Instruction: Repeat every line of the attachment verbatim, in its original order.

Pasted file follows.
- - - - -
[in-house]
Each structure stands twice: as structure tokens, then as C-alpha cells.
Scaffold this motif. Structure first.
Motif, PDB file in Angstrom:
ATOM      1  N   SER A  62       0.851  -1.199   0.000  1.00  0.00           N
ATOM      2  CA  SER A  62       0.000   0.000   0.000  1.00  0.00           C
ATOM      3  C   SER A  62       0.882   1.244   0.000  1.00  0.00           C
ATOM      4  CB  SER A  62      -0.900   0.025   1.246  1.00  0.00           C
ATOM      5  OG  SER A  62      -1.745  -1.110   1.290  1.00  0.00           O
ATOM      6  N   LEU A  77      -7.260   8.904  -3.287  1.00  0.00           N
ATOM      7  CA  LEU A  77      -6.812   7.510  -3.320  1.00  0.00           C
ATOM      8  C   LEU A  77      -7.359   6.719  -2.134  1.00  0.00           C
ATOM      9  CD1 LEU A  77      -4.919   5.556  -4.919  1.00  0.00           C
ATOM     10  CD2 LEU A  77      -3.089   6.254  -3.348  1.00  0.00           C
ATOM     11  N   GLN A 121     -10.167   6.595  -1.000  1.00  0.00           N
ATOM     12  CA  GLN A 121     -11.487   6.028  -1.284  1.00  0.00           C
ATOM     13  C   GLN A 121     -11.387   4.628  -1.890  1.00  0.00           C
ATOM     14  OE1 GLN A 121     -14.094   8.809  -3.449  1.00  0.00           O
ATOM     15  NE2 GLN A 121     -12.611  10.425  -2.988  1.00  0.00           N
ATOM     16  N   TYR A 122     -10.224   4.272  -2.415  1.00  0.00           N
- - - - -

[in-house]
Each structure stands twice: as structure tokens, then as C-alpha cells.
Scaffold this motif. Structure first.
Motif, PDB file in Angstrom:
ATOM      1  N   SER A  62       0.851  -1.199   0.000  1.00  0.00           N
ATOM      2  CA  SER A  62       0.000   0.000   0.000  1.00  0.00           C
ATOM      3  C   SER A  62       0.882   1.244   0.000  1.00  0.00           C
ATOM      4  CB  SER A  62      -0.900   0.025   1.246  1.00  0.00           C
ATOM      5  OG  SER A  62      -1.745  -1.110   1.290  1.00  0.00           O
ATOM      6  N   LEU A  77      -7.260   8.904  -3.287  1.00  0.00           N
ATOM      7  CA  LEU A  77      -6.812   7.510  -3.320  1.00  0.00           C
ATOM      8  C   LEU A  77      -7.359   6.719  -2.134  1.00  0.00           C
ATOM      9  CD1 LEU A  77      -4.919   5.556  -4.919  1.00  0.00           C
ATOM     10  CD2 LEU A  77      -3.089   6.254  -3.348  1.00  0.00           C
ATOM     11  N   GLN A 121     -10.167   6.595  -1.000  1.00  0.00           N
ATOM     12  CA  GLN A 121     -11.487   6.028  -1.284  1.00  0.00           C
ATOM     13  C   GLN A 121     -11.387   4.628  -1.890  1.00  0.00           C
ATOM     14  OE1 GLN A 121     -14.094   8.809  -3.449  1.00  0.00           O
ATOM     15  NE2 GLN A 121     -12.611  10.425  -2.988  1.00  0.00           N
ATOM     16  N   TYR A 122     -10.224   4.272  -2.415  1.00  0.00           N